This is machine translation

Translated by Microsoft
Mouseover text to see original. Click the button below to return to the English version of the page.

Note: This page has been translated by MathWorks. Click here to see
To view all translated materials including this page, select Country from the country navigator on the bottom of this page.

blsimpv

Black-Scholes implied volatility

Syntax

Volatility = blsimpv(Price,Strike,Rate,Time,Value)
Volatility = blsimpv(___,Name,Value)

Description

example

Volatility = blsimpv(Price,Strike,Rate,Time,Value) using a Black-Scholes model computes the implied volatility of an underlying asset from the market value of European options. If the Class name-value argument is empty or unspecified, the default is a call option

Note

The input arguments Price, Strike, Rate, Time, Value, Yield, and Class can be scalars, vectors, or matrices. If scalars, then that value is used to compute the implied volatility from all options. If more than one of these inputs is a vector or matrix, then the dimensions of all non-scalar inputs must be the same.

Also, ensure that Rate, Time, and Yield are expressed in consistent units of time.

example

Volatility = blsimpv(___,Name,Value) specifies options using one or more name-value pair arguments in addition to the input arguments in the previous syntax.

Examples

collapse all

This example shows how to compute the implied volatility for a European call option trading at $10 with an exercise price of $95 and three months until expiration. Assume that the underlying stock pays no dividend and trades at $100. The risk-free rate is 7.5% per annum. Furthermore, assume that you are interested in implied volatilities no greater than 0.5 (50% per annum). Under these conditions, the following statements all compute an implied volatility of 0.3130, or 31.30% per annum.

Volatility = blsimpv(100, 95, 0.075, 0.25, 10, 'Limit', 0.5);
Volatility = blsimpv(100, 95, 0.075, 0.25, 10, 'Limit',0.5,'Yield',0,'Class', {'Call'});
Volatility = blsimpv(100, 95, 0.075, 0.25, 10, 'Limit',0.5,'Yield',0, 'Class', true);
Volatility = blsimpv(100, 95, 0.075, 0.25, 10, 'Limit',0.5,'Yield',0, 'Class', true,'Method','jackel2016')
Volatility = 0.3130

Input Arguments

collapse all

Current price of the underlying asset, specified as a scalar numeric.

Data Types: double

Exercise price of the option, specified as a scalar numeric.

Data Types: double

Annualized continuously compounded risk-free rate of return over the life of the option, specified as a scalar positive decimal.

Data Types: double

Time to expiration of the option, specified as the number of years using a scalar numeric.

Data Types: double

Price of a European option from which the implied volatility of the underlying asset is derived, specified as a scalar numeric.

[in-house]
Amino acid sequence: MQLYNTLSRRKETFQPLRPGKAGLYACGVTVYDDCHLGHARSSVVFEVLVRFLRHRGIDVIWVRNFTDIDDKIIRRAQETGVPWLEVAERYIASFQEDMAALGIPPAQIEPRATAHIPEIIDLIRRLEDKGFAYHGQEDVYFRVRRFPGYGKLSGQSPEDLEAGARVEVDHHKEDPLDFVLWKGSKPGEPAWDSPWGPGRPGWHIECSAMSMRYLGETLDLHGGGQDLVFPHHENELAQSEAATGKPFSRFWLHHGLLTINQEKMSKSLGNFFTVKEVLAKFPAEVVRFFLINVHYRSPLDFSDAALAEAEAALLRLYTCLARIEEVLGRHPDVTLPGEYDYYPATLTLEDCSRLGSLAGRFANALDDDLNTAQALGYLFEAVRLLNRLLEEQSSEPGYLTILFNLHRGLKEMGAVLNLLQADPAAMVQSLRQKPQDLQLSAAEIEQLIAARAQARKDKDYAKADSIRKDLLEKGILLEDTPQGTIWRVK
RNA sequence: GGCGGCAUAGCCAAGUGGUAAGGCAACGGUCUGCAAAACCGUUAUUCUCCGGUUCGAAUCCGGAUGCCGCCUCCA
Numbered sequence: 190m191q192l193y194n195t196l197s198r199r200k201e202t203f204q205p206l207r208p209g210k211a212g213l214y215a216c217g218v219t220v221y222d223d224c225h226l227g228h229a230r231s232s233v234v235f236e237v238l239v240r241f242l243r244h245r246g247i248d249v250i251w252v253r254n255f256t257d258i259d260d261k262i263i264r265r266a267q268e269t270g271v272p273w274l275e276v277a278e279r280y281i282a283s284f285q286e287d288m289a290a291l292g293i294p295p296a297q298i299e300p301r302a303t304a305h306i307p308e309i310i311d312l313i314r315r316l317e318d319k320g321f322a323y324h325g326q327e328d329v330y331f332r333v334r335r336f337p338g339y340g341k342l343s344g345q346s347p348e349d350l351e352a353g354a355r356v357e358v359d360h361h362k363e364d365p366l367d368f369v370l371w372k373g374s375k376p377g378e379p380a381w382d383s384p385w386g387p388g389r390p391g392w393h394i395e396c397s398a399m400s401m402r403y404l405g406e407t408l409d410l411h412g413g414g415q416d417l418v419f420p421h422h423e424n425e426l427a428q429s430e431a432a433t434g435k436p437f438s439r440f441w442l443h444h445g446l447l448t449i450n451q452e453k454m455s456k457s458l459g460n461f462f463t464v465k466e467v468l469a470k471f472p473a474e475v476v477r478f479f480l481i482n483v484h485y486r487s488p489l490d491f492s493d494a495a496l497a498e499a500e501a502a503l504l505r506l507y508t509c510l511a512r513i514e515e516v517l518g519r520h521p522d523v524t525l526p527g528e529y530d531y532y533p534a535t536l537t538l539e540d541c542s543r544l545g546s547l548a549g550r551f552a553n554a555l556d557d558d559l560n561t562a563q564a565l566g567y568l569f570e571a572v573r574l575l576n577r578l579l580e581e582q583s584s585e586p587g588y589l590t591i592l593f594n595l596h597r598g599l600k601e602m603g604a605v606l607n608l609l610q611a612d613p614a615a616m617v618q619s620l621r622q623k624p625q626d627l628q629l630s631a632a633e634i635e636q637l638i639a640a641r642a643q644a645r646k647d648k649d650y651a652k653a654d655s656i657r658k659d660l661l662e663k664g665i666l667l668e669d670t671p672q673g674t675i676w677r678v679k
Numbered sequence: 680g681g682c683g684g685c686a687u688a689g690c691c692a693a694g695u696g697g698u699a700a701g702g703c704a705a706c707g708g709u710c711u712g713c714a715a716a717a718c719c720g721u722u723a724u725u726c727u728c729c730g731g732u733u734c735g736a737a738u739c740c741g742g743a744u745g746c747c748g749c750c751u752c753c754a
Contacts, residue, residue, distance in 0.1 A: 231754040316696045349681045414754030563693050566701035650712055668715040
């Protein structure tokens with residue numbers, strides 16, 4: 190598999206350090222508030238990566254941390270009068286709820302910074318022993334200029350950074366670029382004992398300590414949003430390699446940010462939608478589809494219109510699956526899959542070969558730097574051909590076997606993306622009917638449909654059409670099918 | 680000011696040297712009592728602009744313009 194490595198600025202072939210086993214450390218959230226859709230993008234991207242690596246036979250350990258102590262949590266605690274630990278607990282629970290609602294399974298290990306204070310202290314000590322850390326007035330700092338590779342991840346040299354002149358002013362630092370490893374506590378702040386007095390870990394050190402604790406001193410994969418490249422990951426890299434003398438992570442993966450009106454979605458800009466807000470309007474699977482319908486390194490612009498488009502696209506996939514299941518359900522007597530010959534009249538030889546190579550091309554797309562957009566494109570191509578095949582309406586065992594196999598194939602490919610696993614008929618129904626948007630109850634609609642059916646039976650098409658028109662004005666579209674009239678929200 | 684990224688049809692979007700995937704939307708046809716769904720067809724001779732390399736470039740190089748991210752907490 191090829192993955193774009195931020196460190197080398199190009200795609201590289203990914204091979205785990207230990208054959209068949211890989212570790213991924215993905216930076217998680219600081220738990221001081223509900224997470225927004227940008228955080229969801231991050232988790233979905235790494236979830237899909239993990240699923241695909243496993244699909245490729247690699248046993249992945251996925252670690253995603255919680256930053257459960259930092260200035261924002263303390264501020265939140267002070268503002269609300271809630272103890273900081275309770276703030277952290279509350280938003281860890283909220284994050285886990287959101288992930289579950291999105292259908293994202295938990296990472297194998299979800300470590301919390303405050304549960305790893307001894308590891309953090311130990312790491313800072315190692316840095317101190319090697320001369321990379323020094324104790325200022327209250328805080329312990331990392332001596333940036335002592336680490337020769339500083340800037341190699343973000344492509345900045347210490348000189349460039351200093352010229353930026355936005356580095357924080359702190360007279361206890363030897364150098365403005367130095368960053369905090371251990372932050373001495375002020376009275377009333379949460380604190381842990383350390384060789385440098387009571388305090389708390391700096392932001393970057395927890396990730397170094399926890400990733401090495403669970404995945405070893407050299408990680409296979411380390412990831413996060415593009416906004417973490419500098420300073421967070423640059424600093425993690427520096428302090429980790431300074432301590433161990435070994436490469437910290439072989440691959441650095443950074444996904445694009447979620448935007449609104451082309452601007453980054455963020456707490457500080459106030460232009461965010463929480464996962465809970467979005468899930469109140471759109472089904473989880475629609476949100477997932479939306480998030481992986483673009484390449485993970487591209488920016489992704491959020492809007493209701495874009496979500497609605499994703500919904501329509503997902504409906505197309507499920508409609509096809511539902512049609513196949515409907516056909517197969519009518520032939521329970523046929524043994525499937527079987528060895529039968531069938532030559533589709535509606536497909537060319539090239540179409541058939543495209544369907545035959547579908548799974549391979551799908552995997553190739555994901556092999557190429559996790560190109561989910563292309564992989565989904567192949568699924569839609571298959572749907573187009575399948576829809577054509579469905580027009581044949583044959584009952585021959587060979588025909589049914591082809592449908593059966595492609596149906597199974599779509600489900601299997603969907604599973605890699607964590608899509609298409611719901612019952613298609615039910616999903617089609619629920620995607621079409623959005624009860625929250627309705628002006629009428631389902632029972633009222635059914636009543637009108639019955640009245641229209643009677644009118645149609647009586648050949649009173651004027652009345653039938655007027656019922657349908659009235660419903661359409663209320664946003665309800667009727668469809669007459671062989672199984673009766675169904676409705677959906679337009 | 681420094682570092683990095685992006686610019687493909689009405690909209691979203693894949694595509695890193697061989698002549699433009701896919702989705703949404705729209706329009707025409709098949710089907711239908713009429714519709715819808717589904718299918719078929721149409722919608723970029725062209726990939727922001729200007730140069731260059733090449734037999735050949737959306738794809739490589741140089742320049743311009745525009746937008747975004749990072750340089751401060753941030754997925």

Data Types: double

Name-Value Pair Arguments

Specify optional comma-separated pairs of Name,Value arguments. Name is the argument name and Value is the corresponding value. Name must appear inside quotes. You can specify several name and value pair arguments in any order as Name1,Value1,...,NameN,ValueN.

Example: Volatility = blsimpv(Yield,CouponRate,Settle,Maturity,'Method','jackel2016')

Upper bound of the implied volatility search interval, specified as the comma-separated pair consisting of 'Limit' and a positive scalar numeric. If Limit is empty or unspecified, the default is 10, or 1000% per annum.

Note

If you are using Method with a value of 'jackel2016', the Limit argument is ignored.

Data Types: double

Annualized continuously compounded yield of the underlying asset over the life of the option,specified as the comma-separated pair consisting of 'Yield' and a decimal number. If Yield is empty or missing, the default value is 0.

For example, for options written on stock indices, Yield could represent the dividend yield. For currency options, Yield could be the foreign risk-free interest rate.

Note

blsimpv can handle other types of underlies like Futures and Currencies. When pricing Futures (Black model), enter the input argument Yield as:

Yield = Rate
When pricing currencies (Garman-Kohlhagen model), enter the input argument Yield as:
Yield = ForeignRate
where ForeignRate is the continuously compounded, annualized risk-free interest rate in the foreign country.

Data Types: double

Implied volatility termination tolerance, specified as the comma-separated pair consisting of 'Tolerance' and a positive scalar numeric. If empty or missing, the default is 1e-6.

Note

If you are using Method with a value of 'jackel2016', the Tolerance argument is ignored.

Data Types: double

Option class indicating option type (call or put) from which implied volatility is derived, specified as the comma-separated pair consisting of 'Class' and a logical indicator, cell array of character vectors, or string array.

To specify call options, set Class = true or Class = {'call'}. To specify put options, set Class = false or Class = {'put'} or Class = ["put"]. If Class is empty or unspecified, the default is a call option.

Data Types: logical | cell | string

Method for computing implied volatility, specified as the comma-separated pair consisting of 'Method' and a character vector with a value of 'search' or 'jackel2016' or a string with a value of "search" or "jackel2016".

Data Types: char | string

Output Arguments

collapse all

Implied volatility of the underlying asset derived from European option prices, returned as a decimal. If no solution is found, blsimpv returns NaN.

References

[1] Hull, John C. Options, Futures, and Other Derivatives. 5th edition, Prentice Hall, 2003.

[2] Jäckel, Peter. "Let's Be Rational." Wilmott Magazine., January, 2015 (https://onlinelibrary.wiley.com/doi/pdf/10.1002/wilm.10395).

[3] Luenberger, David G. Investment Science. Oxford University Press, 1998.

Introduced before R2006a